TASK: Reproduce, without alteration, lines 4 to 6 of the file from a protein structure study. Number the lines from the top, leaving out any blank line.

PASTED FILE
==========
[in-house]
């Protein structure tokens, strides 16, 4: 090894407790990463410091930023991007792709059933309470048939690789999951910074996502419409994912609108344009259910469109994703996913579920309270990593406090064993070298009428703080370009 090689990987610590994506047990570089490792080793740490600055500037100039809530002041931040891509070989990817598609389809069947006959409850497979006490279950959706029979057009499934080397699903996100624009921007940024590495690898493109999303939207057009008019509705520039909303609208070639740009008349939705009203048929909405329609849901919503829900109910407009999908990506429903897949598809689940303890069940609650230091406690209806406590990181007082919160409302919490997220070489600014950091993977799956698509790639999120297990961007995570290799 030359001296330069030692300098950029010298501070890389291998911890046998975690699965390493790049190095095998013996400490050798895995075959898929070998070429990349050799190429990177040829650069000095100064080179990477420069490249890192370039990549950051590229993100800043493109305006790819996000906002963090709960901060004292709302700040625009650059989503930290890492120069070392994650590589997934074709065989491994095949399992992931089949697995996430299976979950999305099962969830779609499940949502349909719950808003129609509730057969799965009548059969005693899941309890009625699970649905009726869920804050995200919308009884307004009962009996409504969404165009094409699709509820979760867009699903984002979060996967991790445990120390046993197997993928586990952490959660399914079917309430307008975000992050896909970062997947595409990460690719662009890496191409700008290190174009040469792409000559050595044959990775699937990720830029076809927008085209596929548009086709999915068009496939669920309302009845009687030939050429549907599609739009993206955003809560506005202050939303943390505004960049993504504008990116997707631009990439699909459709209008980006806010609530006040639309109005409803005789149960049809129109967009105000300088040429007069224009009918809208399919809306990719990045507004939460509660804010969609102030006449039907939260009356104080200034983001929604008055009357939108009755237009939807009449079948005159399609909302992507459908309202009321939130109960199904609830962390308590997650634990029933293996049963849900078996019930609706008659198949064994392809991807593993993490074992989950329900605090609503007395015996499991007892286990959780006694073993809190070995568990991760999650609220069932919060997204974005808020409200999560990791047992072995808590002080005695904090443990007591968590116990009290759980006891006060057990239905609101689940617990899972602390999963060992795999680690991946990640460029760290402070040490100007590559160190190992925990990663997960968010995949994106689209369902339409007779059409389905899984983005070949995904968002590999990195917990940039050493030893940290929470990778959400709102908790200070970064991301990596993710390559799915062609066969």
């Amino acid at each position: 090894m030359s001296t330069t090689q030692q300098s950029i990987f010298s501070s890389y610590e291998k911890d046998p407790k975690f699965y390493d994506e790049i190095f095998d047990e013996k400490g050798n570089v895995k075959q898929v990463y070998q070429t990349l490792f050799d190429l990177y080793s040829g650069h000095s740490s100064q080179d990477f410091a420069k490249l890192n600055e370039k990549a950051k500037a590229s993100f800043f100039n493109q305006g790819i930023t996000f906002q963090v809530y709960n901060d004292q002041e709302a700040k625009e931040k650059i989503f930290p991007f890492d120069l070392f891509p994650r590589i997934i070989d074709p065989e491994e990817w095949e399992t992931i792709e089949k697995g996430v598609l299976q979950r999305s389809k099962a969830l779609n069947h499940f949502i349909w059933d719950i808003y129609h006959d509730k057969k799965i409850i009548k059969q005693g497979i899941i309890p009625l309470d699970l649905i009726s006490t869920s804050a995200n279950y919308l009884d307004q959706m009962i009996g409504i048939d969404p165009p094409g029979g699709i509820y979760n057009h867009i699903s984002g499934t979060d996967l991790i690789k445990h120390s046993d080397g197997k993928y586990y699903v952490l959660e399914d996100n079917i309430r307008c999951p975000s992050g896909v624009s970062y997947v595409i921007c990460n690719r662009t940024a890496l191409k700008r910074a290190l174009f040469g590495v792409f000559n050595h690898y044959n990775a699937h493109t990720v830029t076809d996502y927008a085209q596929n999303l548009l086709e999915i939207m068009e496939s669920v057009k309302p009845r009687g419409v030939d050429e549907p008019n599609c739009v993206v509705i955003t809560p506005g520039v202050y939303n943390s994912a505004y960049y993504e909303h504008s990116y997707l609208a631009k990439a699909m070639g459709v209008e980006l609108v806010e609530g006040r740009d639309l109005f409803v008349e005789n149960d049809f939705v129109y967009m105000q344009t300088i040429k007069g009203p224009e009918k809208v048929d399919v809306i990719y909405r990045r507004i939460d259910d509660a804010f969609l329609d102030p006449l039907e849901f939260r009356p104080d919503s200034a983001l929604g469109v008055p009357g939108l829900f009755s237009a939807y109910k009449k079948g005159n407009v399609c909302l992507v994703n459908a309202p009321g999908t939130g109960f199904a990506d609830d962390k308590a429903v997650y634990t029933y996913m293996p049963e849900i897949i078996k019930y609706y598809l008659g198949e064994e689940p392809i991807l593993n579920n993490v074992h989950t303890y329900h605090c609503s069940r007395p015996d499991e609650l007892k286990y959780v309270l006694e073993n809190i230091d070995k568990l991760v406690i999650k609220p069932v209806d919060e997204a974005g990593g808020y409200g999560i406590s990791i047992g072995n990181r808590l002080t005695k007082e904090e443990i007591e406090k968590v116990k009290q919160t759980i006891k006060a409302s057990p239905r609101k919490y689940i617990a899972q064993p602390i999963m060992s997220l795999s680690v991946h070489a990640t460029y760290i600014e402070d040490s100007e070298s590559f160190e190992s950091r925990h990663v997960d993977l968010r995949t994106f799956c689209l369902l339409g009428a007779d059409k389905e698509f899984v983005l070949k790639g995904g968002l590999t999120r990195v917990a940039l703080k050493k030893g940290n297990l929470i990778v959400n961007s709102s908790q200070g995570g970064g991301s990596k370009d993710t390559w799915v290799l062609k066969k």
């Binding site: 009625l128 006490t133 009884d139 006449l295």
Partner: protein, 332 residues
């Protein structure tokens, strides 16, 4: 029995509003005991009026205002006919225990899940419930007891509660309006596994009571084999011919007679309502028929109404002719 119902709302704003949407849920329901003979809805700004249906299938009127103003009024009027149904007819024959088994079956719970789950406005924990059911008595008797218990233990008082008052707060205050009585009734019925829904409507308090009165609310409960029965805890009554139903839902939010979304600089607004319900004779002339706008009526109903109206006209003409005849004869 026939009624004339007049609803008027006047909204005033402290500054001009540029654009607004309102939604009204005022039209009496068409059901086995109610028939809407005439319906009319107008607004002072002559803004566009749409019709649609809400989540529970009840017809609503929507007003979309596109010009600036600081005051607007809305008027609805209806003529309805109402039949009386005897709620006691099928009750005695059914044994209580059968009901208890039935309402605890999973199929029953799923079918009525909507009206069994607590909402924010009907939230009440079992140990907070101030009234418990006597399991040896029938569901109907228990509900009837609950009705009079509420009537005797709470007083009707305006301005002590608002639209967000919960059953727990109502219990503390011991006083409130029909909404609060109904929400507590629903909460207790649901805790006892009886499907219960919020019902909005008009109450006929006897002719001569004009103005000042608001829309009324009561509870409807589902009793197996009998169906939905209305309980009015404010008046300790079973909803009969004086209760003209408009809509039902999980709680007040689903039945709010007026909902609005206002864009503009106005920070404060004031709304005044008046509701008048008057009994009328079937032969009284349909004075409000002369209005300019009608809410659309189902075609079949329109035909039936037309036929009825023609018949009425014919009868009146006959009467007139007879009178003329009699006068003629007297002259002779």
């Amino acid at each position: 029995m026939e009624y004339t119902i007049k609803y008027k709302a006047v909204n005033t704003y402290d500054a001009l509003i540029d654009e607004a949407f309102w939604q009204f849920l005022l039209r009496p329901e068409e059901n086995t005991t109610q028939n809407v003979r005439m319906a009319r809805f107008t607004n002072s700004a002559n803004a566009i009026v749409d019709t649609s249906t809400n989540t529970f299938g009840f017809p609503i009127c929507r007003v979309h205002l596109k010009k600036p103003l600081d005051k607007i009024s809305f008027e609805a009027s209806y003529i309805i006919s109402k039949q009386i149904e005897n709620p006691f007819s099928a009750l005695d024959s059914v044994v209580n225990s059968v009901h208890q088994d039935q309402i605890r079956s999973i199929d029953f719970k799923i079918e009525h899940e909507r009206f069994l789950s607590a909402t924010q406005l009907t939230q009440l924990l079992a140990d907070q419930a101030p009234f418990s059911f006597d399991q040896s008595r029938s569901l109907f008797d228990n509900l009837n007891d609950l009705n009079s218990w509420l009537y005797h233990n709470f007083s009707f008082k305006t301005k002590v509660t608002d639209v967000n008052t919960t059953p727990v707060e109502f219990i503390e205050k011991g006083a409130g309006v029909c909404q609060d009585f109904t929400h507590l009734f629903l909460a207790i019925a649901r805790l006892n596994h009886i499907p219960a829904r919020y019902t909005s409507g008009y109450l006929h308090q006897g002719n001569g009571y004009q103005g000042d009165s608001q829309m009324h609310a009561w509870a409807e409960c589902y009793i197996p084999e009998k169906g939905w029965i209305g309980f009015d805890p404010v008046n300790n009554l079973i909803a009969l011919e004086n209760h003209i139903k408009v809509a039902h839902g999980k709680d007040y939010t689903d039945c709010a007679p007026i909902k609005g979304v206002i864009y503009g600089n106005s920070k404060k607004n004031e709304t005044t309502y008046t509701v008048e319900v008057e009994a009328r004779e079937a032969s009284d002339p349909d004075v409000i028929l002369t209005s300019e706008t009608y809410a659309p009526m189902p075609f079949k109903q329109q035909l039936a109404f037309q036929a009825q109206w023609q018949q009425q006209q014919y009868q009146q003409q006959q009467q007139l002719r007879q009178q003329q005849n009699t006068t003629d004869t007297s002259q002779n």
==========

């Binding site: 009625l128 006490t133 009884d139 006449l295």
Partner: protein, 332 residues
């Protein structure tokens, strides 16, 4: 029995509003005991009026205002006919225990899940419930007891509660309006596994009571084999011919007679309502028929109404002719 119902709302704003949407849920329901003979809805700004249906299938009127103003009024009027149904007819024959088994079956719970789950406005924990059911008595008797218990233990008082008052707060205050009585009734019925829904409507308090009165609310409960029965805890009554139903839902939010979304600089607004319900004779002339706008009526109903109206006209003409005849004869 026939009624004339007049609803008027006047909204005033402290500054001009540029654009607004309102939604009204005022039209009496068409059901086995109610028939809407005439319906009319107008607004002072002559803004566009749409019709649609809400989540529970009840017809609503929507007003979309596109010009600036600081005051607007809305008027609805209806003529309805109402039949009386005897709620006691099928009750005695059914044994209580059968009901208890039935309402605890999973199929029953799923079918009525909507009206069994607590909402924010009907939230009440079992140990907070101030009234418990006597399991040896029938569901109907228990509900009837609950009705009079509420009537005797709470007083009707305006301005002590608002639209967000919960059953727990109502219990503390011991006083409130029909909404609060109904929400507590629903909460207790649901805790006892009886499907219960919020019902909005008009109450006929006897002719001569004009103005000042608001829309009324009561509870409807589902009793197996009998169906939905209305309980009015404010008046300790079973909803009969004086209760003209408009809509039902999980709680007040689903039945709010007026909902609005206002864009503009106005920070404060004031709304005044008046509701008048008057009994009328079937032969009284349909004075409000002369209005300019009608809410659309189902075609079949329109035909039936037309036929009825023609018949009425014919009868009146006959009467007139007879009178003329009699006068003629007297002259002779």